**The seasonal baseline proportion of pneumonia and influenza deaths is projected using a robust regression procedure in which a periodic regression model is applied to the observed percentage of deaths from pneumonia and influenza that were reported by the 122 Cities Mortality Reporting System during the preceding 5 years. The epidemic threshold is 1.645 standard deviations above the seasonal baseline.
††Persons at greater risk include children aged <5 years (especially those aged <2 years); adults aged ≥65 years; persons with chronic pulmonary (including asthma), cardiovascular (except hypertension alone), renal, hepatic, hematologic (including sickle cell disease), metabolic (including diabetes mellitus), or neurologic and neurodevelopmental conditions (including disorders of the brain, spinal cord, peripheral nerve, and muscle, such as cerebral palsy, epilepsy [seizure disorders], stroke, intellectual disability [mental retardation], moderate to severe developmental delay, muscular dystrophy, or spinal cord injury); persons with immunosuppression, including that caused by medications or by human immunodeficiency virus infection; women who are pregnant or postpartum (within 2 weeks after delivery); persons aged ≤18 years who are receiving long-term aspirin therapy; American Indians/Alaska Natives; persons who are morbidly obese (i.e., body mass index ≥40); and residents of nursing homes and other chronic-care facilities.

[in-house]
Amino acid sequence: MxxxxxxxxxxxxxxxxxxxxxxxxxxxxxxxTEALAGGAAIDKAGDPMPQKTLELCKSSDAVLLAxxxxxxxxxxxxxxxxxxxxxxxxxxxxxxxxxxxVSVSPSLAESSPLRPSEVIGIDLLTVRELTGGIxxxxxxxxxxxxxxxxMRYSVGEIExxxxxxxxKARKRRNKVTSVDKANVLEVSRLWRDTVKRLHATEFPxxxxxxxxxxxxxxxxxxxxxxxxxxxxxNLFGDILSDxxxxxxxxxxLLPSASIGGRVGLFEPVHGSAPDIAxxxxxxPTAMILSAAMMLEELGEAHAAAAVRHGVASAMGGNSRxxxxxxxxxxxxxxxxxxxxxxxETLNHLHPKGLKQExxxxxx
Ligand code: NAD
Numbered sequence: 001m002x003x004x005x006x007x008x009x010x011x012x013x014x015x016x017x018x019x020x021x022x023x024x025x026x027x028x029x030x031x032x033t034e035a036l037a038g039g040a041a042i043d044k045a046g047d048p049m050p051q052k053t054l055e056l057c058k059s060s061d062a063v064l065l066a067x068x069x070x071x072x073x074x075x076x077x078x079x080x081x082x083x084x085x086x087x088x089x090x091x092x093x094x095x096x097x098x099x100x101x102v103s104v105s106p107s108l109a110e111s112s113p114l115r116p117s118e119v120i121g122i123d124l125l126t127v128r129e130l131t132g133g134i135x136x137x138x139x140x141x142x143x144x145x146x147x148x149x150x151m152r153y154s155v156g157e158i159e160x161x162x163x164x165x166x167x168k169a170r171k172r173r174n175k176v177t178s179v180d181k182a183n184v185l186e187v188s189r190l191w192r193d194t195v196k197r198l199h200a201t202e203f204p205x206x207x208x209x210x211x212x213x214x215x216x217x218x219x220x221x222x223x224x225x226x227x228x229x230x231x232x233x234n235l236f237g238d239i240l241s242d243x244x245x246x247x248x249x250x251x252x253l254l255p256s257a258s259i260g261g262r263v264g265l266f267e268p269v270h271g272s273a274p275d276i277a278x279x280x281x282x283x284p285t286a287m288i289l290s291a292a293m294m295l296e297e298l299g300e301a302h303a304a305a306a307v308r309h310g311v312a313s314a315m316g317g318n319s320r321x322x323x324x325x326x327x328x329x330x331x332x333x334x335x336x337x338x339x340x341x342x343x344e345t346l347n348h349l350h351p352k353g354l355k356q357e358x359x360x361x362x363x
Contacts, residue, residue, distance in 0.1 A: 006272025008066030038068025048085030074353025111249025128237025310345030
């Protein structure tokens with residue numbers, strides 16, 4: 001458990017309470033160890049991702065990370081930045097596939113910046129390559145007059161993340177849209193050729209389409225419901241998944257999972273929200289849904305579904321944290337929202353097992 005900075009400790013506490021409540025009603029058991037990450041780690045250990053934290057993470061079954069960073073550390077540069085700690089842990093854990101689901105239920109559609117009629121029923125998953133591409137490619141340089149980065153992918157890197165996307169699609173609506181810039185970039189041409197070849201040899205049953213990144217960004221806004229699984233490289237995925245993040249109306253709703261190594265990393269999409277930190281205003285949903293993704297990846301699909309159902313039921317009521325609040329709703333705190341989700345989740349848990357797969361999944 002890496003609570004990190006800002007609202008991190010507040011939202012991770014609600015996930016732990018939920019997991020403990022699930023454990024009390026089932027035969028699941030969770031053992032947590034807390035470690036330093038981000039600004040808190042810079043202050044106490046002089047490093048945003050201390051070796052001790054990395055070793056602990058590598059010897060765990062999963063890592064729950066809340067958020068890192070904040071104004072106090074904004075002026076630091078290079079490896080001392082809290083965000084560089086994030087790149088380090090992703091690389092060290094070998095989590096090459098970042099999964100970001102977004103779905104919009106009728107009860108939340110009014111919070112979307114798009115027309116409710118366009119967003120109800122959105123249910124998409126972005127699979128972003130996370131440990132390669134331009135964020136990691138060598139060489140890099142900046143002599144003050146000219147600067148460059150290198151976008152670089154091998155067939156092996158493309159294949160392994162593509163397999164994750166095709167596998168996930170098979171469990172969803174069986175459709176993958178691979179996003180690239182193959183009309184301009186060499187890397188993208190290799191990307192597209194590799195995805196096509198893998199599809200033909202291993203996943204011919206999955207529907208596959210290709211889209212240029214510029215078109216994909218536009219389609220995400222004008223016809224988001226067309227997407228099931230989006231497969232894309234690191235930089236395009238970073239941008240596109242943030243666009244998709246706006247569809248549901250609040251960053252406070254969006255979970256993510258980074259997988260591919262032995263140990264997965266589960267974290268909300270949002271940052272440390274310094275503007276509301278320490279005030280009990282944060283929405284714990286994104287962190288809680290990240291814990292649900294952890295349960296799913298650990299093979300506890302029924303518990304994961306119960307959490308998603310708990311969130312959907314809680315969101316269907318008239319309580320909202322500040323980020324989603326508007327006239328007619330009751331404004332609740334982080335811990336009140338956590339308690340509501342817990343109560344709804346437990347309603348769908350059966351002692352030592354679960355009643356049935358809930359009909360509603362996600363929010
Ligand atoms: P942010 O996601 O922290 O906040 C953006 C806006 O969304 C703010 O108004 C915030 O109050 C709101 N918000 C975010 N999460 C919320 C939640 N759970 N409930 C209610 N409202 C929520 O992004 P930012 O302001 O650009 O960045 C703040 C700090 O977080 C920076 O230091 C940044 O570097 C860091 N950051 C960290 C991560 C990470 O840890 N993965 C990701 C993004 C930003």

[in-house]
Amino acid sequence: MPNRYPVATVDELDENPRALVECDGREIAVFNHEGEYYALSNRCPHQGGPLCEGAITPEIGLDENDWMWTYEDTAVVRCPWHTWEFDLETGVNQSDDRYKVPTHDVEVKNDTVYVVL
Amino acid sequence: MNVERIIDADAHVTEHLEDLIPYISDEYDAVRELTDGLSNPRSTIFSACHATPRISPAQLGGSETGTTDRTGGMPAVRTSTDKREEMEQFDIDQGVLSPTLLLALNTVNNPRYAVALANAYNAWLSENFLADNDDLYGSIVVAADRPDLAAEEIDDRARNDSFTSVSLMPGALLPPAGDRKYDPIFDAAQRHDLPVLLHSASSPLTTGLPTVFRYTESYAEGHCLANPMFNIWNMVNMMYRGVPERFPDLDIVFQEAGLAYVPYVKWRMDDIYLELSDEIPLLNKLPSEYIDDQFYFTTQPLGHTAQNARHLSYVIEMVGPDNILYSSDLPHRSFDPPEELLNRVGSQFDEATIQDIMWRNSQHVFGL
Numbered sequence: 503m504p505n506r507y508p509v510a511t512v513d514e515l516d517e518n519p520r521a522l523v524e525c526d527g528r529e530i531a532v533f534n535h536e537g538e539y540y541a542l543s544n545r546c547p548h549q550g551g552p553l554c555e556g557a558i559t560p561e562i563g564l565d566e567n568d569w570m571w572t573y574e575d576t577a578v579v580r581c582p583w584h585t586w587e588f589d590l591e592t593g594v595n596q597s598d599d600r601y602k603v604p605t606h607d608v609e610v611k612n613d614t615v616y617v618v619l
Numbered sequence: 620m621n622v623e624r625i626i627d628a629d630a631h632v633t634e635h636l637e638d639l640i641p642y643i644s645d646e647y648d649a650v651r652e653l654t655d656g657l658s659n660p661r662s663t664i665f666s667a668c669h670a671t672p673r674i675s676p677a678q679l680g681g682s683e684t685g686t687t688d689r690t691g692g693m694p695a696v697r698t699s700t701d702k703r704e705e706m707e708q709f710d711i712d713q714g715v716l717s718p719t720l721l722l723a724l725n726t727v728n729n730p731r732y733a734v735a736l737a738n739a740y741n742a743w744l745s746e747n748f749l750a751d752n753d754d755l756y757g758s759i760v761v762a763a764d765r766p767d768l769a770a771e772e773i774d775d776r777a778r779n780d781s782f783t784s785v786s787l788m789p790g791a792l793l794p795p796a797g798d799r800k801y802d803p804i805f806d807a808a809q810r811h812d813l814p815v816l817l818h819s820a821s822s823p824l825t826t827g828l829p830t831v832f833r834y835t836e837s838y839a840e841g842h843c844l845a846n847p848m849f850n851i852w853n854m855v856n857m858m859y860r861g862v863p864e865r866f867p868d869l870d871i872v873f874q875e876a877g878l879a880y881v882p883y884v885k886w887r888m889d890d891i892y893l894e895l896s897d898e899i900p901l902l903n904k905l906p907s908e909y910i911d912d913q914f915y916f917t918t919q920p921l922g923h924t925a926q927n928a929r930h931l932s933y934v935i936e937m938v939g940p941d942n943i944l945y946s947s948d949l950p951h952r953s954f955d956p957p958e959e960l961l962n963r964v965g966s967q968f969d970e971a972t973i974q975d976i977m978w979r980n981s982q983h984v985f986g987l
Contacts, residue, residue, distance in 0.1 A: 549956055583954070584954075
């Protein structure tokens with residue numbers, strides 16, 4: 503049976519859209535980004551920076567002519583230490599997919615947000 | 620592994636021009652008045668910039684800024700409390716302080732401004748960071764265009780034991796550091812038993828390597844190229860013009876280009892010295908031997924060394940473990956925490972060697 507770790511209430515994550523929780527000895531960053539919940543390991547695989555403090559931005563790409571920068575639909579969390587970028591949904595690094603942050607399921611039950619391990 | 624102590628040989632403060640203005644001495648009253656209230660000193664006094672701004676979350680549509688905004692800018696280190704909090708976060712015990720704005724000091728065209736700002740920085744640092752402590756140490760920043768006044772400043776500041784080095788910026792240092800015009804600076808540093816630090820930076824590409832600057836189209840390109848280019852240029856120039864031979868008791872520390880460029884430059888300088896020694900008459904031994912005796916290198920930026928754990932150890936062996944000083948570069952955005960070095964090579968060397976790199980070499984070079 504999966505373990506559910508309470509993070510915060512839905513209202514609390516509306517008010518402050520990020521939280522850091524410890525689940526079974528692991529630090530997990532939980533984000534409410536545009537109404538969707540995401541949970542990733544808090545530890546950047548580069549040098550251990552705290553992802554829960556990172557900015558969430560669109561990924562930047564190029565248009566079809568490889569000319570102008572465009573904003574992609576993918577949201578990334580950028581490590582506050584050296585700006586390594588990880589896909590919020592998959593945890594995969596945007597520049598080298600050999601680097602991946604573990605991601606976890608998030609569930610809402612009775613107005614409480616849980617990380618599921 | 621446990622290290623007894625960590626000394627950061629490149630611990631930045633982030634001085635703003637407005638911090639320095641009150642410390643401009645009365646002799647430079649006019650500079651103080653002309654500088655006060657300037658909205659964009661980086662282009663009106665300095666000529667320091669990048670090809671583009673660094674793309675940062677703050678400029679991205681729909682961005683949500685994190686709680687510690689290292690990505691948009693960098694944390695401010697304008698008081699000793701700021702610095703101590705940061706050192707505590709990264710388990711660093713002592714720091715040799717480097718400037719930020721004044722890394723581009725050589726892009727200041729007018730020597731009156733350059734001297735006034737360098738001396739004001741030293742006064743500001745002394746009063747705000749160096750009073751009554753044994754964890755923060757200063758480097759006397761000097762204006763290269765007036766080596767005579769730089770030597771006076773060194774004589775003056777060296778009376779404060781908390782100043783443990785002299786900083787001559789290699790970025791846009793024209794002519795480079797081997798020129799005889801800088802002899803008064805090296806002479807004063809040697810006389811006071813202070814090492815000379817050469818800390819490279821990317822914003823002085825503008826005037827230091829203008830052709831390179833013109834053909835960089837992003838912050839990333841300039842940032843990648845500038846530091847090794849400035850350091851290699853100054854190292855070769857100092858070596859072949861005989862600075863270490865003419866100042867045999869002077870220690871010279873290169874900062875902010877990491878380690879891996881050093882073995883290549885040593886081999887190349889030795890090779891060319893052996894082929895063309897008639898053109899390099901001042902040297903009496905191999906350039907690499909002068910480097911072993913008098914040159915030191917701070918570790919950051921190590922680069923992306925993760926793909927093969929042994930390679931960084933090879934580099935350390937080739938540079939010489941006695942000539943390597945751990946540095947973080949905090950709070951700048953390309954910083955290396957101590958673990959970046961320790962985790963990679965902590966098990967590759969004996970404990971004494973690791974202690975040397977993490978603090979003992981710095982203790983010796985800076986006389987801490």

Update: Influenza Activity—United States, October 2–November 26, 2011. JAMA. 2012;307(3):244-247. doi: